Budget 2024: Chancellor scraps holiday lets tax perks – is property investing still worth it?

Chancellor Jeremy Hunt unveiled plans to abolish the furnished holiday lettings tax regime in his Spring Budget. We explain what this could mean for the housing market.

suitcase on bed
(Image credit: Getty Images)

Landlords and second homeowners have been dealt a new blow after chancellor Jeremy Hunt scrapped the furnished holiday lettings (FHL) regime in his Spring Budget.

Many property investors had turned to FHL after a clampdown on buy-to-let as it still let landlords claim full mortgage interest relief and benefit from lower capital gains tax, but these perks are set to disappear.

Hunt announced in his Spring Budget today that he was concerned that the FHL system created a distortion, “meaning that there are not enough properties available for long term rental by local people.”

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To combat this, Hunt said he would abolish the FHL tax regime from April 2025, which it is believed will raise £245 million a year to help fund tax cuts such as the latest reduction in National Insurance.

Hunt also said he will scrap multiple dwellings relief, which lowered the stamp duty bill when purchasing more than one dwelling in a linked transaction, in June.

The Treasury said this would raise £385 million per year.

It comes as buy-to-let landlords and second home owners have already been hit with a scaling back of mortgage interest relief and higher mortgage rates as well as slowing rental growth.

This has prompted concerns that landlords will exit the sector.

If this were to happen, Hunt has at least cut the higher rate of Capital Gains Tax (CGT) on property from 28% to 24% from April.

What will the changes mean for the property market?

Furnished holiday lettings were becoming a viable alternative to buy-to-let.

Landlords or second home owners could list their property on platform such as Airbnb and claim full mortgage interest relief, unlike in the private residential sector. 

Investors were entitled to capital allowances for furniture and capital gains tax was reduced to 10% when the property is sold.

Hunt wants to scrap FHL tax perks to boost long-term property supply.

“This will level the playing field between short- term and long-term lets and support people to live in their local area”, the Treasury says.

But Ben Edgar-Spier, head of regulation and policy at short-term lets platform Sykes Holiday Cottages, says holiday property owners have been “unfairly scapegoated” in the guise of controlling rising house prices and availability.

“Short term rentals truly are the economic lifeblood of many parts of the UK, driving spending, providing direct employment and supporting local businesses alike,” he says.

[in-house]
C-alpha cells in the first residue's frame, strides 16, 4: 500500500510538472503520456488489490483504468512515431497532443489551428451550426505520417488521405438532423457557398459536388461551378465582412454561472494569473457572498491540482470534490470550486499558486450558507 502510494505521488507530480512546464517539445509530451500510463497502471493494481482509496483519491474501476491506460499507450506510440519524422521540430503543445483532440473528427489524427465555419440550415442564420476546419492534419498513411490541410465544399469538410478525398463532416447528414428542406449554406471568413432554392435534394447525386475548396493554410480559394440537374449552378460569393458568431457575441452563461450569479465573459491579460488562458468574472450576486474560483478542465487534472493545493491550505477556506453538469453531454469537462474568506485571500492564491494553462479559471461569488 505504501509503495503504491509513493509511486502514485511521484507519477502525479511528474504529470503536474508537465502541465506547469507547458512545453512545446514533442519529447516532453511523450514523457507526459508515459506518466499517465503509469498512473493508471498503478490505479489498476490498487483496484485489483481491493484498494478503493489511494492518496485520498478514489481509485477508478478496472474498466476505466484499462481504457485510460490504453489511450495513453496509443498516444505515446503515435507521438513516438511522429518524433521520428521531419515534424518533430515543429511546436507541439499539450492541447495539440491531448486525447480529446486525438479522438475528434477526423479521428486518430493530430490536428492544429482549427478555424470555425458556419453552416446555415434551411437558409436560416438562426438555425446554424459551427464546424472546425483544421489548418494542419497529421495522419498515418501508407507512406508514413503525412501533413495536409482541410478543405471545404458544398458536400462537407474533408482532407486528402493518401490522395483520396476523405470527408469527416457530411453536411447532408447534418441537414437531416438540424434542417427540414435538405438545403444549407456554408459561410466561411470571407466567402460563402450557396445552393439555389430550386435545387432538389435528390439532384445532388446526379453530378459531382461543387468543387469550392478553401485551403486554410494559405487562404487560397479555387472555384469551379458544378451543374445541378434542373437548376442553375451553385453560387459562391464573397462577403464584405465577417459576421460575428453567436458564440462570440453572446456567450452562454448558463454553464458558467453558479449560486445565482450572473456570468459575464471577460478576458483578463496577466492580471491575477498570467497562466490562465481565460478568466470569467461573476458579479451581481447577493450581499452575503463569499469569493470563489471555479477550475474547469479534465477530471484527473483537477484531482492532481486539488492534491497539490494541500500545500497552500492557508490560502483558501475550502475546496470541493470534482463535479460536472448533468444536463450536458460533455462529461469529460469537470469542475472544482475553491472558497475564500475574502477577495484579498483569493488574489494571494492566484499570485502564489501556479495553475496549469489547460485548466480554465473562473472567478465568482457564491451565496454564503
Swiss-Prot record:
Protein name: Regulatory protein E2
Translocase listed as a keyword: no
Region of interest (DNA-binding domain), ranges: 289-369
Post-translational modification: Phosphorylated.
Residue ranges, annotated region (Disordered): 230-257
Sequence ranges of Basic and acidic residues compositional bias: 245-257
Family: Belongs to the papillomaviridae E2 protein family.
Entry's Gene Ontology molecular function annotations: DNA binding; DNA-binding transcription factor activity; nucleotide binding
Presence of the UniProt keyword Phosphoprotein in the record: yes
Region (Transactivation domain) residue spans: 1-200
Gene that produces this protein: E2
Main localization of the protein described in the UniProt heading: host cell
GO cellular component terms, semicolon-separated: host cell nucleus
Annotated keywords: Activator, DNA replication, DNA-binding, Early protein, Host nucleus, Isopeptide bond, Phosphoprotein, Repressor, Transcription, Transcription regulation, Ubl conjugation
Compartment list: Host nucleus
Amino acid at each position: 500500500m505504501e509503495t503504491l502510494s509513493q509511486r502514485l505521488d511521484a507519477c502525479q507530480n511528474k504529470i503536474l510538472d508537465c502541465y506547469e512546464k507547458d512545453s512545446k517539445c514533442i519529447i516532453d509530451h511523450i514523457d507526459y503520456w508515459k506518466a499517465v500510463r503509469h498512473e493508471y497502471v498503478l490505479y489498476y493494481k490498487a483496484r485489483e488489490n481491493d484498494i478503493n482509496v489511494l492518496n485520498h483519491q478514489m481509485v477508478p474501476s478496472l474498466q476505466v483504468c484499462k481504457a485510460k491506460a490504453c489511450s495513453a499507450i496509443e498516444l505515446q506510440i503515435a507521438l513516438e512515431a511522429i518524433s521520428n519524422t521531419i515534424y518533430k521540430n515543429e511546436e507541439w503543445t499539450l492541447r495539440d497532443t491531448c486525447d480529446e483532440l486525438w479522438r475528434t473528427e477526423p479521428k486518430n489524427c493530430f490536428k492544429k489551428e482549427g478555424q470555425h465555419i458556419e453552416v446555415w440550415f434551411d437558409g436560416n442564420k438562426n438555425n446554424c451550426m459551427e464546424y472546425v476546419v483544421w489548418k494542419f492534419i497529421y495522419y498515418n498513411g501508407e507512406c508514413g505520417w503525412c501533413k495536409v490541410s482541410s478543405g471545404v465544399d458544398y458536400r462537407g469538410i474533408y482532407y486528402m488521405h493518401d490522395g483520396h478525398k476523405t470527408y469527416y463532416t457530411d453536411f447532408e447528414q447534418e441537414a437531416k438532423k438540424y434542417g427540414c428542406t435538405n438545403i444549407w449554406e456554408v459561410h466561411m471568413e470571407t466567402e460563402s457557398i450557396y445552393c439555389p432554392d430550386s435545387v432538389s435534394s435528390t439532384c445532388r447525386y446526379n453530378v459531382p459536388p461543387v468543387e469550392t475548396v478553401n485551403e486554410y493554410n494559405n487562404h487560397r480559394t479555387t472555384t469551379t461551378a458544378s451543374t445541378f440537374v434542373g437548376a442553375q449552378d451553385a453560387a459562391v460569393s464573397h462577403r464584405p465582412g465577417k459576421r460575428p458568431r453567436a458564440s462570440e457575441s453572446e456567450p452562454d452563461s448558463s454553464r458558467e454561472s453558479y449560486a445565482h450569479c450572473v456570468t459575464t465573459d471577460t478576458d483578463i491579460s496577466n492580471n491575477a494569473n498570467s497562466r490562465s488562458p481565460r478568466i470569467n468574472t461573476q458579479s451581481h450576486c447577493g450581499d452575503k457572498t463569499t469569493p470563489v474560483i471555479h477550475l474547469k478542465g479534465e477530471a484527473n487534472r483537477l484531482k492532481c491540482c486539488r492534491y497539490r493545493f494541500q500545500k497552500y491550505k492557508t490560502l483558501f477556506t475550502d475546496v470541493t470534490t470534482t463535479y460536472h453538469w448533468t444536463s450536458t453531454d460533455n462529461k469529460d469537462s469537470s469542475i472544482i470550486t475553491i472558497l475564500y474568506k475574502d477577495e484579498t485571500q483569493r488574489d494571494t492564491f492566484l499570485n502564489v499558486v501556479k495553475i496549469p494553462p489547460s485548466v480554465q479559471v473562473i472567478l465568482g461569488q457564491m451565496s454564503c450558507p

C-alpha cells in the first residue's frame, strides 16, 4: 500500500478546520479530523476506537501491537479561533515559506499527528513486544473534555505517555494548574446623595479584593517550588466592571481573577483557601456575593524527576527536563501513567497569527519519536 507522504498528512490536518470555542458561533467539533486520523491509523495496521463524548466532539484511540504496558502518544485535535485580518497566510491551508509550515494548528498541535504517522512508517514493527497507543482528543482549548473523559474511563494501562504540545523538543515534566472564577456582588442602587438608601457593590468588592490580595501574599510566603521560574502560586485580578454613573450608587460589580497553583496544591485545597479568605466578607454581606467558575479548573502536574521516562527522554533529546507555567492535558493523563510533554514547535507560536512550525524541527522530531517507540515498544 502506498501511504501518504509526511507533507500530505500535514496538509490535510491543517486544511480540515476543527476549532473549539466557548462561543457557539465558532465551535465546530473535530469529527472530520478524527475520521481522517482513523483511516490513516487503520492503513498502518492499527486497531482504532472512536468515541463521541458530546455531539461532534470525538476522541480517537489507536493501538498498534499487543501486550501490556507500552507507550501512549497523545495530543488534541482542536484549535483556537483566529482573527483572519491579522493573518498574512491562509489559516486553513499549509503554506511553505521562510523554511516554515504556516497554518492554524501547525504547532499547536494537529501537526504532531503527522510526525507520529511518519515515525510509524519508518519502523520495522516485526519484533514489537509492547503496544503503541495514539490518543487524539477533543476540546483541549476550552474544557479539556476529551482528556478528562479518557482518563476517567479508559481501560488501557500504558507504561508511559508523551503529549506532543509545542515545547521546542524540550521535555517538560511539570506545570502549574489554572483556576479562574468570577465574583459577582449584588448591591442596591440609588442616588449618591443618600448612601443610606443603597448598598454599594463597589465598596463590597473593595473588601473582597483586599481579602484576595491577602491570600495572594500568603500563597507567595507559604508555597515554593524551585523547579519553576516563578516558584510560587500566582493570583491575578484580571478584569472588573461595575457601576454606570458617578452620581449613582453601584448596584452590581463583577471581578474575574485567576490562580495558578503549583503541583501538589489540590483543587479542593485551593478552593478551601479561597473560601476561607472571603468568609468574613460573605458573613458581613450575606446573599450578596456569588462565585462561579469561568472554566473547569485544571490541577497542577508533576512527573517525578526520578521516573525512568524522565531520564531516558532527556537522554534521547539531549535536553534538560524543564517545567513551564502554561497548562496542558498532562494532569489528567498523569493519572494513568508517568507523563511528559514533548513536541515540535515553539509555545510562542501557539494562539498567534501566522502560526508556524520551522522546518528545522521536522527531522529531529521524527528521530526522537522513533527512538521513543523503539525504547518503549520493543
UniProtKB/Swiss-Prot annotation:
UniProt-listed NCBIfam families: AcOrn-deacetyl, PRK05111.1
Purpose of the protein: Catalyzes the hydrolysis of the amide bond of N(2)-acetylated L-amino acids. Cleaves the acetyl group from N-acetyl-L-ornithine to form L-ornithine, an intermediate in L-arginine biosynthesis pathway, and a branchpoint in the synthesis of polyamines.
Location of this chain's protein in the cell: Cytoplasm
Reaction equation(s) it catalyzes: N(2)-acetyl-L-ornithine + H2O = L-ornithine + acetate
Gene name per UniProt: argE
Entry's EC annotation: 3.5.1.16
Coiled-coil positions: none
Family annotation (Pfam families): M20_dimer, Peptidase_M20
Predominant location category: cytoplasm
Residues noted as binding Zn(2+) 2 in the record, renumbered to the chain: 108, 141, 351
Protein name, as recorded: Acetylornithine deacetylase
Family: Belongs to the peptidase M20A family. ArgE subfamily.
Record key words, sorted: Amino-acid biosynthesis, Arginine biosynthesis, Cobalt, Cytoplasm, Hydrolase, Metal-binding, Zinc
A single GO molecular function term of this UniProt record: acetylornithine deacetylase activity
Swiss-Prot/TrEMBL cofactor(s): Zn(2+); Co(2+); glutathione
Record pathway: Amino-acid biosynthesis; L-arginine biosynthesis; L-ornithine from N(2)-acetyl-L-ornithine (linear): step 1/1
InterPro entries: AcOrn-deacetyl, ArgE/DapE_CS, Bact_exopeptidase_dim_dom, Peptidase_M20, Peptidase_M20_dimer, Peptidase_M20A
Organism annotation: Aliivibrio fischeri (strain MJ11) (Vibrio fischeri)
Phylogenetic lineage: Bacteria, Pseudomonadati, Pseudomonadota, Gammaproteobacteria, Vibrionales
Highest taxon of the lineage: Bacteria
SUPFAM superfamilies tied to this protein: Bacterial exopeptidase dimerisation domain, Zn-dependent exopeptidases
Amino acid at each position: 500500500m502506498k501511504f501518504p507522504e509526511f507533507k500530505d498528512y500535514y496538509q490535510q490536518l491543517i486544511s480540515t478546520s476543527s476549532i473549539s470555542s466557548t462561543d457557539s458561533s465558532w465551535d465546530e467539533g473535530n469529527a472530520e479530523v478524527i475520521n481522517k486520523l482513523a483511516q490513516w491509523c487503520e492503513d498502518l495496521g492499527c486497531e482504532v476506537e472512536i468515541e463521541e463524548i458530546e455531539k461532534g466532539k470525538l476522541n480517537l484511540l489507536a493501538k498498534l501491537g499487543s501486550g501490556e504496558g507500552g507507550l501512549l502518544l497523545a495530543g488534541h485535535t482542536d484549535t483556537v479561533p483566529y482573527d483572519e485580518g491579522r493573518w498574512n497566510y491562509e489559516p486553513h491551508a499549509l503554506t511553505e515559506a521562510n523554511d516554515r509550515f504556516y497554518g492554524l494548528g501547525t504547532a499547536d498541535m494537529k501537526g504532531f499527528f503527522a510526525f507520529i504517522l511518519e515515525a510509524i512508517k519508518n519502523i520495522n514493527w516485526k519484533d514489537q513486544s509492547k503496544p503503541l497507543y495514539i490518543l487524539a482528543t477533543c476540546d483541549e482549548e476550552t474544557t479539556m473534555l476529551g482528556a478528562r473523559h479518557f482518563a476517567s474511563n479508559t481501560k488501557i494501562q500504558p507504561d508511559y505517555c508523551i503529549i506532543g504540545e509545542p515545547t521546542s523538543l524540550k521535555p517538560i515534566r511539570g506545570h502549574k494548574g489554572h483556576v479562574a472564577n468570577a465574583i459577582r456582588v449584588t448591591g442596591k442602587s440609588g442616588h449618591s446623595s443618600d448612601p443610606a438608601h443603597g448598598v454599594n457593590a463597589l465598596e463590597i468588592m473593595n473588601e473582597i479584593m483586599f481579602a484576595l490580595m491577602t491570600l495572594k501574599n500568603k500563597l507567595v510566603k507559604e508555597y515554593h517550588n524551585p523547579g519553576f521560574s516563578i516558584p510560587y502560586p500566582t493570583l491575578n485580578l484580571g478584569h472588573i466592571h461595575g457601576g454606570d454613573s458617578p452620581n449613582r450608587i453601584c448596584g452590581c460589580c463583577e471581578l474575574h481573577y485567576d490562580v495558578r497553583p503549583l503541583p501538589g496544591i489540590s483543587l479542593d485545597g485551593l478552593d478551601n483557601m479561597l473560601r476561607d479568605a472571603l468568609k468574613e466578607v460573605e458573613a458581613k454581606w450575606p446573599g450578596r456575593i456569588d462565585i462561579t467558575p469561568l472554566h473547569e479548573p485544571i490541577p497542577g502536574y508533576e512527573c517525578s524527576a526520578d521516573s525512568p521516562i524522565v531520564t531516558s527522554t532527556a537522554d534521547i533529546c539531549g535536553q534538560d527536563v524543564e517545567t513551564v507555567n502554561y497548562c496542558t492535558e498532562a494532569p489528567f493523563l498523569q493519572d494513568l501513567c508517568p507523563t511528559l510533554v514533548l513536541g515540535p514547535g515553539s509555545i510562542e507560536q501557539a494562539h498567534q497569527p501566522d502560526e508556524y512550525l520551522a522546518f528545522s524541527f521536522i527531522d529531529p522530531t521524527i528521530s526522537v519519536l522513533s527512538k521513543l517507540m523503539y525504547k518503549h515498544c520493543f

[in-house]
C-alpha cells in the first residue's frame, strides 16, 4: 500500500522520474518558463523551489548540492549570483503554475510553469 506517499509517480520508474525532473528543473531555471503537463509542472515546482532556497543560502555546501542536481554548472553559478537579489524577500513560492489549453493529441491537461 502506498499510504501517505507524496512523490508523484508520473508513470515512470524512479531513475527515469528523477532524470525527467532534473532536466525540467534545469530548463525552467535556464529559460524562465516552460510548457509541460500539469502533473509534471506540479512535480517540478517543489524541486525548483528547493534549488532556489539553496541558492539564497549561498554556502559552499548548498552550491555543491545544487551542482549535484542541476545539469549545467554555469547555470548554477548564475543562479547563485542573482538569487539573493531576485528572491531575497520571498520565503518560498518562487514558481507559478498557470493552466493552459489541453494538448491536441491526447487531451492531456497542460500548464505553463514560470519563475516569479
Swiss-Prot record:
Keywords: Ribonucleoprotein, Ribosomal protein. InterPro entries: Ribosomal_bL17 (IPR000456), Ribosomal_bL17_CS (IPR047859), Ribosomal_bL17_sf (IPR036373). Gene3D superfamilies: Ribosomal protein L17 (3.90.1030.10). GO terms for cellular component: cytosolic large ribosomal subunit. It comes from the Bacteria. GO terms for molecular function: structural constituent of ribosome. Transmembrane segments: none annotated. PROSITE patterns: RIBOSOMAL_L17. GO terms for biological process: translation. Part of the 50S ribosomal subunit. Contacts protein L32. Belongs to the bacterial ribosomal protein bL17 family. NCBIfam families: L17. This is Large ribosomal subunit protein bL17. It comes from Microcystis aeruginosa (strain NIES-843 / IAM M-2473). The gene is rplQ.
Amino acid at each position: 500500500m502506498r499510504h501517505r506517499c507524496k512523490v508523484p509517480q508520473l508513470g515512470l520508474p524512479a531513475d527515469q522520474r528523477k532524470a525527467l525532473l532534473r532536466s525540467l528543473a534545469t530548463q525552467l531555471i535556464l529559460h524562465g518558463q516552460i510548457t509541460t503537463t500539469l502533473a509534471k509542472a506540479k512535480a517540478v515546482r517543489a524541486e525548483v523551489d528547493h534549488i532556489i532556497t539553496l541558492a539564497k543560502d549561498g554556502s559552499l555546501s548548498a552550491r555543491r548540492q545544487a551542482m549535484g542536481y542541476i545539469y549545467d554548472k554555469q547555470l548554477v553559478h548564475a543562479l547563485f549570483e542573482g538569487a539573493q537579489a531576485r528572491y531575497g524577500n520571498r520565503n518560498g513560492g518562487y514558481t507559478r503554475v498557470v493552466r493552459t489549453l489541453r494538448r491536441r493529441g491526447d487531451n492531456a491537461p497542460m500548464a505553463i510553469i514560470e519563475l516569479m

“It’s therefore illogical to penalise these short-term let businesses over those with empty second homes - which contribute nothing to local economies - when you consider these benefits.

Edgar-Spier says putting pressure on holiday let owners will not solve the housing crisis but instead risks impacting the very businesses that support tourism spend and employment in communities across the country.

Shaun Moore, tax and financial planning expert at Quilter, suggested the move will be “deeply unpopular” amongst some core Tory voters.

Analysis by the wealth manager suggested holiday let owners could lose an average of £2,835 a year in a tax, based on a property purchase price of £350,000, with an annual mortgage rate of 4.5% and £20,000 rental income.

The Treasury suggested that lowering the higher CGT rate on additional property sales from 28% to 24% will “encourage landlords and second home-owners to sell their properties, making more available for a variety of buyers including those looking to get on the housing ladder for the first time.”

The lower 18% rate will remain in place.

Christopher Springett, tax partner at Evelyn Partners, highlights that for those who are looking at property as an investment beyond their main residence, the CGT rate on residential property remains 4% higher than the rate applied to most other asset classes.

“This means that property investments do need to return more in terms of capital growth to ensure post-tax returns are competitive with, say, a portfolio of equities,” he says.

Marc Shoffman

Marc Shoffman is an award-winning freelance journalist specialising in business, personal finance and property. His work has appeared in print and online publications ranging from FT Business to The Times, Mail on Sunday and The i newspaper. He also co-presents the In For A Penny financial planning podcast.